Thus, acceptable gold-backed and exchange-traded ETF funds include, but are not limited to, the iSharesCOMEX Gold Trust (ticker: IAU), which began trading on the American Stock Exchange on January 28, 2005.

The trust is an exchange-traded fund that provides a means of obtaining a level of participation in the gold market through the securities market. The trust shares are intended to constitute a means of making an investment similar to an investment in gold. Each trust share represents a fractional undivided beneficial interest in the trust's net assets which consist primarily of gold held by a custodian on behalf of the trust. The shares of that trust are expected to reflect the price of gold less the trust's expenses and liabilities.

- - - -

So the gold ETF with the symbol IAU started trading on January 28, 2005, and three short weeks later the shares of IAU became equivalent to real physical gold in the eyes of the COMEX for delivery against futures contracts in an EFP transaction! I

If that doesn't blow your socks off, I don't know what will.

Also note that the ETF mentioned is a COMEX product! How convenient!

Where are the regulators? This ETF is not equivalent to gold. Note the description: "Each trust share represents a fractional undivided beneficial interest in the trust's net assets which consist primarily of gold."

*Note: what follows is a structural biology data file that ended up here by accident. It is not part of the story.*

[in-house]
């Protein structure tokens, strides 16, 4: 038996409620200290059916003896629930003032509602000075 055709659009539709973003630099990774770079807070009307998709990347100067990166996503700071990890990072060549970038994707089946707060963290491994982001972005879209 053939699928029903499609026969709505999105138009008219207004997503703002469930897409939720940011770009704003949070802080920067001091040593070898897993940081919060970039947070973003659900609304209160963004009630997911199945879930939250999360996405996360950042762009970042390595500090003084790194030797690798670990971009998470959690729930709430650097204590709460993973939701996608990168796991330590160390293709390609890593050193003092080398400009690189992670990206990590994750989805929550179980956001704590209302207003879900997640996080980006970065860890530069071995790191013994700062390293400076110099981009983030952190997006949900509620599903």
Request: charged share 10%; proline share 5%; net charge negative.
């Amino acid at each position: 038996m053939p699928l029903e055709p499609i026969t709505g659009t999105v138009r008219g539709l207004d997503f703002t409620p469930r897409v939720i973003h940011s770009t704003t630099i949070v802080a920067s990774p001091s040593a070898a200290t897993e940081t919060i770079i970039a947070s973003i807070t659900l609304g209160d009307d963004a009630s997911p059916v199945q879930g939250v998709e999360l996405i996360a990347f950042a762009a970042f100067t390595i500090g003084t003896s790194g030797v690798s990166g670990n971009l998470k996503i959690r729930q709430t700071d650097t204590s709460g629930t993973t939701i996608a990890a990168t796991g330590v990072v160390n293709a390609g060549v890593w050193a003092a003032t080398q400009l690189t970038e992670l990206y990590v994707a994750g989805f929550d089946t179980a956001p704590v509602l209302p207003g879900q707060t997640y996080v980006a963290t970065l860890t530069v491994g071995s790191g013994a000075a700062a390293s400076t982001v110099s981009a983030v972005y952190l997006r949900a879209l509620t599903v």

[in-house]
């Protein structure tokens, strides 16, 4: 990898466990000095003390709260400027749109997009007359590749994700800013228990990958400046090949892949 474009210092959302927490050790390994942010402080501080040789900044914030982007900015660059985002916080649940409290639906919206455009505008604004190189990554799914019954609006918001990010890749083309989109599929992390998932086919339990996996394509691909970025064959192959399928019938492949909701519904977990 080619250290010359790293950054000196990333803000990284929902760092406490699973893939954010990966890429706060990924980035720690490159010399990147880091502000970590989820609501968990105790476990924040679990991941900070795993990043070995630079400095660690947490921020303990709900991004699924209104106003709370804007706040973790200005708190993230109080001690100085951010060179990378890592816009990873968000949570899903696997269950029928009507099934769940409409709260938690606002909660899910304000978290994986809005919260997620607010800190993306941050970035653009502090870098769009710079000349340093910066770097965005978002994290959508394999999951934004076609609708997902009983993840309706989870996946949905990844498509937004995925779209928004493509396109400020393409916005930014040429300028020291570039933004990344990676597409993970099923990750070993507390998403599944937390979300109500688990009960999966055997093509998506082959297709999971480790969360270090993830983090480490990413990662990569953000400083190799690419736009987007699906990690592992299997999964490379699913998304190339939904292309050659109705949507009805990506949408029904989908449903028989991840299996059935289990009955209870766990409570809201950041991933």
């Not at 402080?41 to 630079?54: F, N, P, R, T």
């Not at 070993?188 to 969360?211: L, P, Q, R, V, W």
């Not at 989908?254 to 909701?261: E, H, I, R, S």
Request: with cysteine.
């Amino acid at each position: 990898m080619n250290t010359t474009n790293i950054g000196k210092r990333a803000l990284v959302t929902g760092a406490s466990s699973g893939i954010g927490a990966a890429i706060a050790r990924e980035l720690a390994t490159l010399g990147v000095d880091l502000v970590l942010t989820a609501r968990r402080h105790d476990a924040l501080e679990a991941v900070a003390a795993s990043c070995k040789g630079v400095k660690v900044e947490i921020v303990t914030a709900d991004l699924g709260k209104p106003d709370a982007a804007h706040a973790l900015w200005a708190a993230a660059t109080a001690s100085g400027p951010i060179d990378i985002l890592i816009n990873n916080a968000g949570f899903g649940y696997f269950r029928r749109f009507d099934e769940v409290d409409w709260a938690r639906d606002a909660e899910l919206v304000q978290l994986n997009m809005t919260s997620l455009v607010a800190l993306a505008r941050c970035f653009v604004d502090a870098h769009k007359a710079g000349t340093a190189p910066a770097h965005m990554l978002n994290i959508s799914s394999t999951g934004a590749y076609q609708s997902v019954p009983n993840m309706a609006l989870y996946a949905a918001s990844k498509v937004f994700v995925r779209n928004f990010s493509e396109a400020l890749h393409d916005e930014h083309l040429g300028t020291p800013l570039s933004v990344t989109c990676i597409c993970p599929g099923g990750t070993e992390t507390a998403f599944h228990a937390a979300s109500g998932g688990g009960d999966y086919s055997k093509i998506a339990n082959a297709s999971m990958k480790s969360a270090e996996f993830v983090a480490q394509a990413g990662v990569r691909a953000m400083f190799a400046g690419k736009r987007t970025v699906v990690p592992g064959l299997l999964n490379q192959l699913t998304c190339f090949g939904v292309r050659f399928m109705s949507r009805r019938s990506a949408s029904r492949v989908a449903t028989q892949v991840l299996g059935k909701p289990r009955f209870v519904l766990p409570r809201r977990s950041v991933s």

All that is being guaranteed is that each share is a fraction of the ETF assets. The net assets could be 1 oz of gold while the face value of the total shares sold could be 100 million ounces!

The notice does not restrict which gold ETFs are eligible, so clearly the infamous GLD is also eligible to be considered as good as physical gold in an EFP transaction.

Right from the inception of the gold ETFs GLD and SLV, the Gold Anti-Trust Action Committee has deduced from studies of the ETF prospectuses that these funds very likely do not hold gold and silver to fully back the issued shares because the prospectuses don't categorically require it. (See footnotes 1 and 2.) In fact, the ETFs may have no gold or silver at all.

What seemed bizarre to GATA at the time was that the two mega-short anti-gold investment banks, JPMorgan and HSBC, would be involved in the launch and operation of precious metal investments that, on the face of it, would create huge investor demand for the very metals in which the banks hold massive and clearly manipulative concentrated short positions.